The logistic equation is a mathematical model for population growth with crowding, which, though simple in form, simulates phenomena of amazing complexity.

As is well known, a small population introduced into an empty
environment (think bacteria in a Petri dish) tends to grow at an exponential
rate. If **P _{n}** is the population after

**P _{n} = R^{n} * P_{0} **

where **P _{0}** is the initial population and

Expressed another way, **P _{0}** is specified and

**P _{n+1} = R * P_{n} **

This model works fairly well until the population becomes so
large that crowding becomes significant. How should we model crowding? Let's
add another factor to the recursion equation. Let's specify a maximum
population, call it **C**, for Capacity, so **P _{n}** cannot
exceed

**P _{n+1} = R * (1 - P_{n }/C) * P_{n}
**

The new effective growth rate is " **R* (1 - P _{n }/C)**
". Notice that with the assumption that:

**0 < 1 - P _{n }/C < 1**

and thus reduces the effective growth rate. When **P _{n}**
is small, that is,

How does one determine **C**? One doesn't. One eliminates
it. Let:

**p _{n} = P_{n} / C **

So **p _{n}** is the population as a fraction of
capacity,

**p _{n+1} = R * (1 - p_{n}) * p_{n}
**

Using Excel one can easily explore the behavior of populations governed by such an equation:

1) Label column A as "Rate"
( **A1 = "Rate"** ).

2) Let **A2 = 2** (for now).

3) Let **A3 = "=A2"**.

4) Click, drag and copy **A3**
down to **A100**.

( So column A is 2's all the way down. Yes, we could do fixed cell addressing, but this is easier.)

5) Label column B as
"Population" ( **B1 = "Population"** ).

6) Let **B2 = 0.01** (a small
initial population for now).

7) Let **B3 =
"=A2*B2*(1-B2)"**

**( **the logistic recursion
equation)

8) Click, drag and copy **B3**
down to **B100**.

Notice! The
population rapidly converges to a value of 0.5 - half capacity. If you change the initial population ( **B2
= 0.9** or **B2 = 0.3 **- remember the initial population must be < 1
), it still converges rapidly to a steady state of half capacity.

Now add a graph of column B only. (It's easier for us visually oriented primates to understand than a table of numbers).

9) Click on column **B**.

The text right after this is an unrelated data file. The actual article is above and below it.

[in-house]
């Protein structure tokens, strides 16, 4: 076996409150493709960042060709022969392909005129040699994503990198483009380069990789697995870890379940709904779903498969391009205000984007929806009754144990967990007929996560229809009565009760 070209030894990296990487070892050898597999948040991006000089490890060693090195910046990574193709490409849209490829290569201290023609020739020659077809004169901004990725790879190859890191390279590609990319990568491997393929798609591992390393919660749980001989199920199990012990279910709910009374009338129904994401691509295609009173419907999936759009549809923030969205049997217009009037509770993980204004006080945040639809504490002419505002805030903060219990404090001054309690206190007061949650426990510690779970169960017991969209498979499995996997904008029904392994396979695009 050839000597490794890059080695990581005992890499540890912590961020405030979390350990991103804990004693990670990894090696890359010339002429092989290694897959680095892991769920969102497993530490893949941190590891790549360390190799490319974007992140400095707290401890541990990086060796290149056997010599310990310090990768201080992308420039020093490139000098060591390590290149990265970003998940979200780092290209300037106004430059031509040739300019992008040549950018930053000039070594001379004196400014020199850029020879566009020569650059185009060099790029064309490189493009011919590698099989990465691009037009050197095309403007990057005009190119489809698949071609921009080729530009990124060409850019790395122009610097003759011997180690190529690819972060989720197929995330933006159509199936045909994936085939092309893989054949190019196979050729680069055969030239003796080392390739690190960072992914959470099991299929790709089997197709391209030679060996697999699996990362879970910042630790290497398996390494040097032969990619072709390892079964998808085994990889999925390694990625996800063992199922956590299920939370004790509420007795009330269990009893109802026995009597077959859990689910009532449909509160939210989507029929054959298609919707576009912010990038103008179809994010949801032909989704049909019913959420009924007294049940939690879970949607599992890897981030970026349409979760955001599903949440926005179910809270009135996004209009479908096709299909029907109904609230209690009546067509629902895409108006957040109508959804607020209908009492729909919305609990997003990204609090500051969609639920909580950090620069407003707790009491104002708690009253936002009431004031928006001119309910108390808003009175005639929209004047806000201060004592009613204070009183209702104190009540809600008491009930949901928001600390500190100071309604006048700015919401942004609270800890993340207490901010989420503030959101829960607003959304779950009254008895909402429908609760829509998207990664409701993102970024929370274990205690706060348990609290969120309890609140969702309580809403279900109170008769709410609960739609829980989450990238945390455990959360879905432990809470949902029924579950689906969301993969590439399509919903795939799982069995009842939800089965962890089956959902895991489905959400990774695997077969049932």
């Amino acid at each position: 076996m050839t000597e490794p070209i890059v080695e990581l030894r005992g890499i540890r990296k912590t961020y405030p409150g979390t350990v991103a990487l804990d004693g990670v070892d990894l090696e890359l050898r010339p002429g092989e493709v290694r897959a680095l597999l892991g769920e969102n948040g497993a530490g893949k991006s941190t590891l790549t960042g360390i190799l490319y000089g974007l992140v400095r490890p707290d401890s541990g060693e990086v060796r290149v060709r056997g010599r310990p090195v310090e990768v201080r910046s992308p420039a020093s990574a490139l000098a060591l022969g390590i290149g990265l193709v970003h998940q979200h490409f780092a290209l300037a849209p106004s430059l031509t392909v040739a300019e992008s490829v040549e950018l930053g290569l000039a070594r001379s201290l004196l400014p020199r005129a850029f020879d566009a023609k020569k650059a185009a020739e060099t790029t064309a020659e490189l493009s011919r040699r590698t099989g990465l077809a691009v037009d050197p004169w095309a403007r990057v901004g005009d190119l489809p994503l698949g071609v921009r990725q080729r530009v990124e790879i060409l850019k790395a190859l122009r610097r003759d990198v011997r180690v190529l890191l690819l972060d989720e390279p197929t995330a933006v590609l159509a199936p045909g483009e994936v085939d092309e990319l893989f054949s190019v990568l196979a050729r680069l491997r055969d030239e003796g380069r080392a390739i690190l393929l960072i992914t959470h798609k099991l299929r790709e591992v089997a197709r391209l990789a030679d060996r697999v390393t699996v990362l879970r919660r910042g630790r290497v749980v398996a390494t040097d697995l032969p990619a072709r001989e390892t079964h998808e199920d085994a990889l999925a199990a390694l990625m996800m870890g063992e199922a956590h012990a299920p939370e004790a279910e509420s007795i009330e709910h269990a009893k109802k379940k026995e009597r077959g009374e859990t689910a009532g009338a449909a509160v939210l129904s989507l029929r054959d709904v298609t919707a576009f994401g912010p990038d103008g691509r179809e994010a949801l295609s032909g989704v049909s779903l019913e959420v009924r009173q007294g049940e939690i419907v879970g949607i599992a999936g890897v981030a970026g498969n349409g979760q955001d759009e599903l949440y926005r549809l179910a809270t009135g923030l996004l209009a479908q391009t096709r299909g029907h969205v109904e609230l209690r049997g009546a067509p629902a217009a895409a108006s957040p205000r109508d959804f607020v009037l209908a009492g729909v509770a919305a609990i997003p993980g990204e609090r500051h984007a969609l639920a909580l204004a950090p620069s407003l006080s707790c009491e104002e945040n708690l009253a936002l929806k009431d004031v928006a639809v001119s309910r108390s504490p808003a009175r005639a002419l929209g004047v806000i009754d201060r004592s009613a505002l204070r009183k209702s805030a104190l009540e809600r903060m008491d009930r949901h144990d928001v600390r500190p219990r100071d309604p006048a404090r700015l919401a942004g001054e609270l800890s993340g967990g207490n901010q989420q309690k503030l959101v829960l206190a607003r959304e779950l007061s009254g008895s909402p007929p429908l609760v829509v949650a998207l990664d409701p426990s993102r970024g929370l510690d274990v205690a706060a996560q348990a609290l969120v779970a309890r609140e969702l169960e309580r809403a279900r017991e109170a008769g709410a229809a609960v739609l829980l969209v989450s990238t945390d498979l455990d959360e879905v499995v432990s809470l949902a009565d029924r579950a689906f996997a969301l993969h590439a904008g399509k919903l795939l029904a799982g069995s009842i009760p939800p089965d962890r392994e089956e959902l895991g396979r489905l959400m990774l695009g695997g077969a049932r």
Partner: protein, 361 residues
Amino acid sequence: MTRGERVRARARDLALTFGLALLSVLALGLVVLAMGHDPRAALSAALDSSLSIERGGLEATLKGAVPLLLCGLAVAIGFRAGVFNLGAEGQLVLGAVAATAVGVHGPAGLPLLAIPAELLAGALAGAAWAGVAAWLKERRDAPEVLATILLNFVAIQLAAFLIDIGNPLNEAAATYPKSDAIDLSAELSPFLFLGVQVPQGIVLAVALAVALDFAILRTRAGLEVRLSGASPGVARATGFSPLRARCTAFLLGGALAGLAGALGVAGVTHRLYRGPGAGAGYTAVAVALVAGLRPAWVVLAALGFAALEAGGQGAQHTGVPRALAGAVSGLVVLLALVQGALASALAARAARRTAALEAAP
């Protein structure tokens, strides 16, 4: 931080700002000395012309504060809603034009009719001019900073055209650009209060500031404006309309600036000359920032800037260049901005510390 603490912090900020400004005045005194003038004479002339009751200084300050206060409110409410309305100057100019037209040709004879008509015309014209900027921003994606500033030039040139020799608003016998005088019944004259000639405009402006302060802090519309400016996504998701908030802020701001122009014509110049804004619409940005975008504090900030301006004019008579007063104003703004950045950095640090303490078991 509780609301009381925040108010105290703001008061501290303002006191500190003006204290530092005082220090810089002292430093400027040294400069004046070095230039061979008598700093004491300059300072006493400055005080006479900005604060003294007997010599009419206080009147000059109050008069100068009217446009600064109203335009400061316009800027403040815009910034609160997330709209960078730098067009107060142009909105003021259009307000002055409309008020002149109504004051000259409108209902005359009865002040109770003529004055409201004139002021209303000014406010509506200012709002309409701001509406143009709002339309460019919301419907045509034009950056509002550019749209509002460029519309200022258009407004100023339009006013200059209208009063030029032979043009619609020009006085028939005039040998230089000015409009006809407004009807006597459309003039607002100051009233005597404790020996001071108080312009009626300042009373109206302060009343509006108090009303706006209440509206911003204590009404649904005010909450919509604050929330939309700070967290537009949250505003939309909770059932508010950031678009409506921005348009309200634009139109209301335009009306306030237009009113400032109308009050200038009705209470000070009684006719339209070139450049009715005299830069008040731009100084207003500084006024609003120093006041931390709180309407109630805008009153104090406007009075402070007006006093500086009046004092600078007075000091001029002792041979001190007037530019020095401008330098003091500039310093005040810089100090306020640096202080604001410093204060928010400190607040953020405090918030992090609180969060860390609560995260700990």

10) Click on "**Insert -
Chart - Scatter -** choose one which connects the points - **Finish**"

And you can see it approach 0.5. Change the initial population and watch the graph change instantly - this is computational experimental science!

Try a growth rate of **A2 = 1.5**. The population
approaches a smaller steady state population.

Try **A2 = 2.5**. It approaches a higher steady state population.
And each of these approaches the same steady state independent of the initial
population - try it for different **B2**'s and verify this.

Unlike the exponential model - which approaches infinity - this model simulates an approach to a steady state population - at least for those rates tried so far - which is far more realistic.

**Try A2 < 1** and it rapidly approaches zero -
extinction. Makes sense - negative growth leads to extinction.

**Try A2 = 3.0** and ... hmmmmmmmm ... it seems to bounce
back and forth and approach a limit. Try different B2's, and it still behaves
the same.

Try **A2 = 3.1** or **3.3** and it now bounces back
and forth between two levels - it's cyclic with period 2. Try different B2's,
and it still behaves the same.

Try **A2 = 3.5** and it now bounces back and forth
between four levels - it's cyclic with period 4. Try different B2's, and it
still behaves the same.

Try **A2 = 3.9.
It's CHAOS!!!** There's no limiting pattern at all. Try different
initial populations - try B2 = 0.43 and B2 = 0.44. Very different patterns! Try
A2 = 3.91 with the same B2. Very different patterns! This is mathematical
chaos. Not only is there no pattern to the long term behavior, but very small
changes in the initial conditions result in completely different behaviors. The
logistic equation is completely deterministic, and yet it results in apparently
"random" and unpredictable behavior. And since one can never know the
initial conditions with complete accuracy, and even a small change in the initial
conditions results in completely different behaviors, we have an example of a
deterministic phenomenum which is inherently unpredictable.

"A butterfly flapping its wings in China will change the weather in the USA two weeks later."

ŠJames S. Freeman, 2002